New Brunswick

Reopen Miramichi's Morrissy Bridge: trail groups

Three organizations in Miramichi are working to officially reopen the city's oldest water crossing, Morrissy Bridge.

City's oldest span over Miramichi River could be used by walkers, cyclists, ATVs, snowmobiles

Three organizations are calling for the reopening of Morrissy Bridge in Miramichi.

The Morrissy Bridge in Miramichi has been closed since 2008, but many people still use it on foot. (Bridget Yard/CBC)
The bridge has been a fixture across the Miramichi River between Chatham Head and Newcastle since 1914, but it was deemed unsafe in 2008 and has been closed since then.

Now the New Brunswick Federation of Snowmobile Clubs, the New Brunswick All Terrain Vehicle Federation and The New Brunswick Trails Council Inc. say the bridge should become a legal throughway again. 

"What we would like to see is all of us partner together with the city and the province to get that bridge opened up for all trail users," said Paul Jorgensen, the executive director of the trails council.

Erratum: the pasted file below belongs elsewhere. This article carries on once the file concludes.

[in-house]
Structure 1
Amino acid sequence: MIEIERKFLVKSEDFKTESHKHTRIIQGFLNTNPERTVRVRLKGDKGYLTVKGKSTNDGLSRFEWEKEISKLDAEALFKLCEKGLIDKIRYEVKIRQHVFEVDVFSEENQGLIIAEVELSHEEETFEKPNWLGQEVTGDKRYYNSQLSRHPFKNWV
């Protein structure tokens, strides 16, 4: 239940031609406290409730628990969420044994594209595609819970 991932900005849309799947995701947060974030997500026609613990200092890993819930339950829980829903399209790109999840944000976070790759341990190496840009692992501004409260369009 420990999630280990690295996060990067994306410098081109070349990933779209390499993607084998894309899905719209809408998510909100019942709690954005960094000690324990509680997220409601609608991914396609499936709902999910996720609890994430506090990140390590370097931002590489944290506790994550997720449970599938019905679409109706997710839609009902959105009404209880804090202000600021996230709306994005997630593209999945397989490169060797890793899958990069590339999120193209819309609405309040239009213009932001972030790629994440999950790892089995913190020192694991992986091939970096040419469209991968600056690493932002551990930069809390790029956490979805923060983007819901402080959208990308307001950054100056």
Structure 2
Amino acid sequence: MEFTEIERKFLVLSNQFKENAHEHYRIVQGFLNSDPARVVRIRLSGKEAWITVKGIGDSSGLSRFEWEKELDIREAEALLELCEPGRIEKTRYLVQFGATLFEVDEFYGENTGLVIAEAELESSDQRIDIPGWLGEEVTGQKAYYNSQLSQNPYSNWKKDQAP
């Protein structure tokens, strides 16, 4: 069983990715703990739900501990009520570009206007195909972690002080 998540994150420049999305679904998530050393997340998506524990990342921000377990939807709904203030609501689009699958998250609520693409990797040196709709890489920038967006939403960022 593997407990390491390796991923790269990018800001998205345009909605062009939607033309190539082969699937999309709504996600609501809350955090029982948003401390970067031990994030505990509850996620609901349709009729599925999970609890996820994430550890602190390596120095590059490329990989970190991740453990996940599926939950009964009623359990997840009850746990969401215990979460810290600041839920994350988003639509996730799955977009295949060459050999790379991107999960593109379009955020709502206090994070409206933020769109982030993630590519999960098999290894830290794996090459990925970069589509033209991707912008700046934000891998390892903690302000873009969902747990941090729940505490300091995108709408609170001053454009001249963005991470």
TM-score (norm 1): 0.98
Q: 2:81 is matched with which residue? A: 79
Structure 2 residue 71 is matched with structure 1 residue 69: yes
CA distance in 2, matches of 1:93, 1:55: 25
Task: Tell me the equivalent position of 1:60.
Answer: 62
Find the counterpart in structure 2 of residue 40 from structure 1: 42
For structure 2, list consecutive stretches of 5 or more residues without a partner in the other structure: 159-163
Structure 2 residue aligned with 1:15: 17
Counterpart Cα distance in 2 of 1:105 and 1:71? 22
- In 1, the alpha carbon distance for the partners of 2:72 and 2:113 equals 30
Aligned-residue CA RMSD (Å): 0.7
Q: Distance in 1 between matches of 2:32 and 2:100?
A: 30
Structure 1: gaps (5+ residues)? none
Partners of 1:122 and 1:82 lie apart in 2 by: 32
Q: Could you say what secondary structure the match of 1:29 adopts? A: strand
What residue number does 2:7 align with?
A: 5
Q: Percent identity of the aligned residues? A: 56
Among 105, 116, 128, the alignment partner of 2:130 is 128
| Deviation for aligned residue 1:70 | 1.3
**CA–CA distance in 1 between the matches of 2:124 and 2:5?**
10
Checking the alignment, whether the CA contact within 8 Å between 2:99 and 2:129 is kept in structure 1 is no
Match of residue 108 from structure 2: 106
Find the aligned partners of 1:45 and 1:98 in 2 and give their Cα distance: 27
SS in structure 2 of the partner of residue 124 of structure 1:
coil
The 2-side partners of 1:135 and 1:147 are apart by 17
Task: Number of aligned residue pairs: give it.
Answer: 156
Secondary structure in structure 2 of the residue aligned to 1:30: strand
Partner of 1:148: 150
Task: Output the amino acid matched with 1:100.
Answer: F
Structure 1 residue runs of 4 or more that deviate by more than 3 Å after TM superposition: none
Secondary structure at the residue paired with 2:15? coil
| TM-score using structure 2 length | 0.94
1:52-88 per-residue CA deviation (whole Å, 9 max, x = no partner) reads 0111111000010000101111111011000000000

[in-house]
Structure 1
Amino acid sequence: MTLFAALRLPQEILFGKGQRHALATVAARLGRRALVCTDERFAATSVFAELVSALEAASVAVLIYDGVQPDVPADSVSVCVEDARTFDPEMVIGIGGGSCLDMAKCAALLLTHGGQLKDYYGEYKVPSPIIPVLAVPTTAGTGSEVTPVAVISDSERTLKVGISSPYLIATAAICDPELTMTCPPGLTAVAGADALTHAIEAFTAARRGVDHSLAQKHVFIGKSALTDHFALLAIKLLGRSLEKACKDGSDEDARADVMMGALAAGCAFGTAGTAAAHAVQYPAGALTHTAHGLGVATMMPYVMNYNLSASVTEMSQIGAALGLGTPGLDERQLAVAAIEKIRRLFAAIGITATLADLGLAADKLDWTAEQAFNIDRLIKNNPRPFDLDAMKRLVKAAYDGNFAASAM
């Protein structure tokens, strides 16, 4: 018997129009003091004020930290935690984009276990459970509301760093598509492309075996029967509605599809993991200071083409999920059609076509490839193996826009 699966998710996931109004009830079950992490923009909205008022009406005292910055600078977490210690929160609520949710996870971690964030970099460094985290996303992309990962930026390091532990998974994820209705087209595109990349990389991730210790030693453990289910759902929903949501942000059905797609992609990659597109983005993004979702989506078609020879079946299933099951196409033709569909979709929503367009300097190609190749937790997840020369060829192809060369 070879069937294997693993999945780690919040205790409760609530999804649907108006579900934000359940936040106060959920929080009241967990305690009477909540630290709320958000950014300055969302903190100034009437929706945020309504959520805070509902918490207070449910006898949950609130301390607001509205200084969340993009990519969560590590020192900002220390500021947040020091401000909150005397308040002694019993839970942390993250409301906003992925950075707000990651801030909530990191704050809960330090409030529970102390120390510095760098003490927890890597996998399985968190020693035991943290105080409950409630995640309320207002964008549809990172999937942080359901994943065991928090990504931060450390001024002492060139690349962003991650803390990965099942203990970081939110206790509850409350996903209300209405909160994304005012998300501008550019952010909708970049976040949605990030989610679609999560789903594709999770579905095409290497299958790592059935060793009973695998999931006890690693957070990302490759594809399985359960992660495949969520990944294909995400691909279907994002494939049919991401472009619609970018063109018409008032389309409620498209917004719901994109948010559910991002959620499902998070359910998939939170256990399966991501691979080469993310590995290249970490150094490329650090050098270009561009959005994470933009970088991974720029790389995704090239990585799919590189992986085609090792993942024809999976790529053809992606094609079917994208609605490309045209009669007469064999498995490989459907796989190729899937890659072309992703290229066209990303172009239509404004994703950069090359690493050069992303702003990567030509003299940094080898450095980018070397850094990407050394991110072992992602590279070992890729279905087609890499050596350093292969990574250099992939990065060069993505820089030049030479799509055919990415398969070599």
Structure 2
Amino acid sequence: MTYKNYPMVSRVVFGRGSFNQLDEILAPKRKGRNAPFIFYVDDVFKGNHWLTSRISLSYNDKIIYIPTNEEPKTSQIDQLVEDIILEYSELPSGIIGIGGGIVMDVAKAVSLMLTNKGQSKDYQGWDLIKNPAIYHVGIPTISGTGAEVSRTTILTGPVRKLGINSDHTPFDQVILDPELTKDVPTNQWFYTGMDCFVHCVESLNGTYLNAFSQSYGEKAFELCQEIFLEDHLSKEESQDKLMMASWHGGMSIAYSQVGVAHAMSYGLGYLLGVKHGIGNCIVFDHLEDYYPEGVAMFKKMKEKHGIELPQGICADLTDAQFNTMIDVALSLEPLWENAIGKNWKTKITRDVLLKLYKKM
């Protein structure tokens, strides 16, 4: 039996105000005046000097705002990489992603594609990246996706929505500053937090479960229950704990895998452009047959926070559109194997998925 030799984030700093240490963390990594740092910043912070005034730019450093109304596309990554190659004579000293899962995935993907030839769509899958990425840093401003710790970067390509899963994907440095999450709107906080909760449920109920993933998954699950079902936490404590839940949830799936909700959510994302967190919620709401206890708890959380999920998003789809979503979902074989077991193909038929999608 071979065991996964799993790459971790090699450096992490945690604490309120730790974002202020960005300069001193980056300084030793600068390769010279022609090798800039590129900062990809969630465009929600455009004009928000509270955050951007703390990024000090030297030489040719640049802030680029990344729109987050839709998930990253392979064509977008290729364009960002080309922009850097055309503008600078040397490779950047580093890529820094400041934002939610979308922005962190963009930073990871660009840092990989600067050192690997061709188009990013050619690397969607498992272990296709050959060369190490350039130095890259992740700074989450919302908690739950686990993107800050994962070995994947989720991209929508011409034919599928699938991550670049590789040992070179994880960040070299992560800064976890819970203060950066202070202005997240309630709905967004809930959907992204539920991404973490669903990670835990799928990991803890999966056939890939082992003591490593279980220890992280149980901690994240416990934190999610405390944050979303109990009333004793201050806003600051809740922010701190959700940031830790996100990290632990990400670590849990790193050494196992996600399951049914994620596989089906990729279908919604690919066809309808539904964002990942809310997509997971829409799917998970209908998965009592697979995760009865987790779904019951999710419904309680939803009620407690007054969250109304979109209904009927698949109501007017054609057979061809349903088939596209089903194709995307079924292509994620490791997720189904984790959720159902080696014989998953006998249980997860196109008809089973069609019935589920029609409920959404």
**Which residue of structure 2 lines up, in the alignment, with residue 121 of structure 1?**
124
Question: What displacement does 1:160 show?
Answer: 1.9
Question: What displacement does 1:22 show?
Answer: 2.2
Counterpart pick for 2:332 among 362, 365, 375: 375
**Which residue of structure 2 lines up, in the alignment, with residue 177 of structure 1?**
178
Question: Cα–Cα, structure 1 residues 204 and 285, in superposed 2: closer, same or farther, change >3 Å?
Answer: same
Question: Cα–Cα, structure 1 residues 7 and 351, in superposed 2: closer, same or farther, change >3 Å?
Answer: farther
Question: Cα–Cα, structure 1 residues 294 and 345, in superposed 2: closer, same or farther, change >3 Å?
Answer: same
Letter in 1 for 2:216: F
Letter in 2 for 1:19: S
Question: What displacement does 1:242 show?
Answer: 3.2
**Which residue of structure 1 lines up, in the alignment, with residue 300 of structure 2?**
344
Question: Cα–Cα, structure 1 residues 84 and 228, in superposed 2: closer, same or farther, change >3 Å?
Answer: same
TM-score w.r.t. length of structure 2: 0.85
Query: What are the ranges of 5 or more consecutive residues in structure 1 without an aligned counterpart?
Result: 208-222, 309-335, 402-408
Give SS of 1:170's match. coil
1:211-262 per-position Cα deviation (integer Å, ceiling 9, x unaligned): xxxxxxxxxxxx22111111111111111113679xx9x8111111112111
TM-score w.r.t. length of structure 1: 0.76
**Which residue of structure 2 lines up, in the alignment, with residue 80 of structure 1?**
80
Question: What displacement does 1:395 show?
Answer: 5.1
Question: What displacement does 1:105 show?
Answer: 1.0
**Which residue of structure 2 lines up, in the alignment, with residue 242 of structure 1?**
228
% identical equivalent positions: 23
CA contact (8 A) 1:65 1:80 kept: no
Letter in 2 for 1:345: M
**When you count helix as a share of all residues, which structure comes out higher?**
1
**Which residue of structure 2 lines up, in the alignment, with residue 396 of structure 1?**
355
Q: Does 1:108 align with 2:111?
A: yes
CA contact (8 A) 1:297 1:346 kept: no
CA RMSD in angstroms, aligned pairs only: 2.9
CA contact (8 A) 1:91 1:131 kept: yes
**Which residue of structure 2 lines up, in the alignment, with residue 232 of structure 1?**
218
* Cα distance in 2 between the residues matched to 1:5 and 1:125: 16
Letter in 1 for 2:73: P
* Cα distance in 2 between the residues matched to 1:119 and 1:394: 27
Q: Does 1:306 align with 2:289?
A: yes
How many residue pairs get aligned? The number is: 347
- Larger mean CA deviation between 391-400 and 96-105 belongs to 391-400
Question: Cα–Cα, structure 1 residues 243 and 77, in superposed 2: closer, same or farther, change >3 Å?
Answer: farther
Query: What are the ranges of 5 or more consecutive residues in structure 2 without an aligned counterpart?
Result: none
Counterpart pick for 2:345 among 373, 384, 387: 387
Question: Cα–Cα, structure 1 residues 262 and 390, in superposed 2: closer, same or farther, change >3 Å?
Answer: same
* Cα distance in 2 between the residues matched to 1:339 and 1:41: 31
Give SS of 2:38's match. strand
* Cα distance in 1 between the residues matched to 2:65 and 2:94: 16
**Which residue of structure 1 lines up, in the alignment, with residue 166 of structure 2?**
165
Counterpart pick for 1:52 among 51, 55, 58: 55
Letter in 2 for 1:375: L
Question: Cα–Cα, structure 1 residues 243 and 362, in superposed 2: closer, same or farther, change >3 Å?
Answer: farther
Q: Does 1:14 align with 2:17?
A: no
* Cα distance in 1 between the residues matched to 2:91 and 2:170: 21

Paul Jorgensen, the executive director of the New Brunswick Trails Council, would like to see the City of Miramichi and the province partner with his group, as well as ATV and snowmobile groups, to reopen the Morrissy Bridge as a trail. (Bridget Yard/CBC)
The groups say the bridge could help extend the snowmobile season, improve ATV trails, and encourage "active transportation."

When the bridge was first closed it was going to be demolished, but Transportation and Infrastructure Minister Claude Williams said the demolition plans were put on hold after community stakeholders expressed an interest in keeping the bridge for recreational use.

Williams said the stakeholders were discouraged from moving forward, however, by the cost of repairs and maintenance.

Transportation and Infrastructure Minister Claude Williams said it would take more money in the capital budget to reopen the Morrissy Bridge. (CBC)
The bridge needs an estimated $6 million worth of work, which neither the municipality, nor the clubs can afford.

The transportation minister says no final decision about the bridge has been made.

"The department will consult with the community again before making any further plans for demolition. This would only occur if and when funding becomes available in the capital budget," Williams said in a statement.

For now, the bridge remains officially closed even to pedestrians, although it is regularly used by people who ignore the posted signs and step over the barricade.

"If it sits much longer unused, I wonder if it will be structurally sound," said Jorgensen.